In her not-quite-new car, she continued driving in a westerly direction. She had always wanted to see the Grand Canyon, so she spent a couple of days there, enjoying the solitude and the wide-open spaces.

From the Grand Canyon, she drove to Las Vegas, a place she had heard about and dreamed about but never visited. She had a feeling of excitement to be there, just as she felt as a child when the whole family used to go to the beach or the amusement park.

In Las Vegas she checked into a hotel room with a magnificent view and locked herself in, ordering lavish meals from room service, charging all to a credit card. At night she would lie on the bed in her room, turn off the lights and open the curtains, drinking from a bottle of chianti. Looking out at the millions of other-worldly lights, she couldn’t remember ever feeling so contented and free from care in her life.

When she went out among the crowds, in the casinos or on the streets, she felt safe and anonymous. Nobody paid any attention to her. Everybody was there to enjoy themselves, just as she was.

On her fourth day in Las Vegas, she was walking on a crowded street when she saw an old woman up ahead in a bright yellow dress. It was the same stiff-jointed limp, the left shoulder lower than the right one, as her mother; the same hair tinted the color of apricot jam. She didn’t know how it could be, but she was sure it was her mother. She wasn’t dead after all! She had somehow got herself out of the trunk of Irene’s car and here she was, same as always! Just like a miracle!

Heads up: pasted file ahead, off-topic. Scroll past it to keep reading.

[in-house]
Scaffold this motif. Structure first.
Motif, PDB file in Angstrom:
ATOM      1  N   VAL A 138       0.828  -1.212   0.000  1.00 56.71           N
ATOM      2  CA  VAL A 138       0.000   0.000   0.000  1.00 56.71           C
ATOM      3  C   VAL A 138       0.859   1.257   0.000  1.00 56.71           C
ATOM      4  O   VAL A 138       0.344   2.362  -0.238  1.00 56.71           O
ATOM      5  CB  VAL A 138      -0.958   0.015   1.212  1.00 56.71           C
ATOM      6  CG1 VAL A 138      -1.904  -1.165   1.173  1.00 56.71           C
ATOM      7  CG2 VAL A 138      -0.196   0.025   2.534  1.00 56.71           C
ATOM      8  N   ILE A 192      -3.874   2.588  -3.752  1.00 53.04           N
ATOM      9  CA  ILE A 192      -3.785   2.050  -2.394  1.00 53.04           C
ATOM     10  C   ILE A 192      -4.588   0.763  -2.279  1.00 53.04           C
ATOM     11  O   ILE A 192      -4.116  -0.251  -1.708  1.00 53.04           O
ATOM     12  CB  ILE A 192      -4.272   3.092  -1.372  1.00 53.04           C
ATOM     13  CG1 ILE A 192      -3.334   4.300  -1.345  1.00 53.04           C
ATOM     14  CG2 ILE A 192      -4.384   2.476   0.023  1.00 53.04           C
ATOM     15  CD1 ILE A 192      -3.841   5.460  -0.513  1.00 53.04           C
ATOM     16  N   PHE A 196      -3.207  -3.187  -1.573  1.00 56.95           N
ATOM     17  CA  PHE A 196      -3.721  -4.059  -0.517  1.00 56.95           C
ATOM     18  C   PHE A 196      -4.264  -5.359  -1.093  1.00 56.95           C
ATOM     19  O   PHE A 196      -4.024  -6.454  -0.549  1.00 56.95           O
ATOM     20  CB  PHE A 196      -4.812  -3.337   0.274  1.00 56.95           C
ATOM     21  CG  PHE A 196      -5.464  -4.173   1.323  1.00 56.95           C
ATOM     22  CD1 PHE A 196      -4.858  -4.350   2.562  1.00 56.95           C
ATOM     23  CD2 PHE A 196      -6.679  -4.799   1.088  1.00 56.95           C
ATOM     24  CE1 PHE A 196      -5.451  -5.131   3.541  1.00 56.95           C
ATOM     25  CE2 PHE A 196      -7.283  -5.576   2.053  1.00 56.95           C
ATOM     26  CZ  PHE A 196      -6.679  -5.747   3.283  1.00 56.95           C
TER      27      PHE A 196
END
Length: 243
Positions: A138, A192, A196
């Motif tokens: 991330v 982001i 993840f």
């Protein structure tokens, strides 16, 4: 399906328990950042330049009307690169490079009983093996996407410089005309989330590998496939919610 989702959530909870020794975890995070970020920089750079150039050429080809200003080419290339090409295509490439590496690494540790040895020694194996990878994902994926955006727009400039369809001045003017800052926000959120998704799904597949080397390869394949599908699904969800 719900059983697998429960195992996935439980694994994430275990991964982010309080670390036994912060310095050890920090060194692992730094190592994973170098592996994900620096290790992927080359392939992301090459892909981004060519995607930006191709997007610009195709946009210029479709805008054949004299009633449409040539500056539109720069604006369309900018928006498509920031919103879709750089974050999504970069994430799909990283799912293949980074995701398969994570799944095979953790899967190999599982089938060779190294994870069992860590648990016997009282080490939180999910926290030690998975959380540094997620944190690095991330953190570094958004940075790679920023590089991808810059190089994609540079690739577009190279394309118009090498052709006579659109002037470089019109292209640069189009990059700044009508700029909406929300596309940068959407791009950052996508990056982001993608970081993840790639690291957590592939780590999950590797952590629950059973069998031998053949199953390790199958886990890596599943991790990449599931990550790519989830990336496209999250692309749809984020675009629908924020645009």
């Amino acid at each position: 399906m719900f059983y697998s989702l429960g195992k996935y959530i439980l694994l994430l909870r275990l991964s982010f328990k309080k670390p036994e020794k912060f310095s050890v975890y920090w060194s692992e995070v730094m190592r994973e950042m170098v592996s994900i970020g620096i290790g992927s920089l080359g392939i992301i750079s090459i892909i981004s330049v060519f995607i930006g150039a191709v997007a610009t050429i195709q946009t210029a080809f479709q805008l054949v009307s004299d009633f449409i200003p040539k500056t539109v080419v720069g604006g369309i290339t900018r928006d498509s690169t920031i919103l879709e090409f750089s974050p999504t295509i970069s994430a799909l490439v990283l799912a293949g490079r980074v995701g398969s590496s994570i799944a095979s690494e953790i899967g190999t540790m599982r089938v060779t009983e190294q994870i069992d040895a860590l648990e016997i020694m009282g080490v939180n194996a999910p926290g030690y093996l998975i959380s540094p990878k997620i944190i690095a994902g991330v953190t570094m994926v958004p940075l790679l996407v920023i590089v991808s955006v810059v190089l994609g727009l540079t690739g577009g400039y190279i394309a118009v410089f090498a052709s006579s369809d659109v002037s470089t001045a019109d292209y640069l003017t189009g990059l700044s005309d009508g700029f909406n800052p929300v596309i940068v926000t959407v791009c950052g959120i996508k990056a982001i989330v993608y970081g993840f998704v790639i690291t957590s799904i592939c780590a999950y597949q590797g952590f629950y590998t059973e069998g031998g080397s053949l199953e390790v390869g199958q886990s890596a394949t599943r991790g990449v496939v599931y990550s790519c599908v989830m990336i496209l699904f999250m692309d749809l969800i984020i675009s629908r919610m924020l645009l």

In her happiness at seeing her mother alive, Irene started at an almost-run to catch up with her, but still she was two blocks away. With all the people milling about on the street, she lost sight of her for seconds at a time, but the yellow dress was like a beacon that she could not lose sight of.

Abandoning all caution, she stepped off a curb into traffic. She didn’t see the taxi cab that knocked her down and ran over her. The driver screeched his brakes and jumped out. A crowd gathered. Traffic became snarled. An ambulance came to take her away, but there was nothing to be done. She didn’t have any identification on her, so it took a while to piece together who she was and why she was running. Nobody had seen a thing out of the ordinary.

Copyright © 2016 by Allen Kopp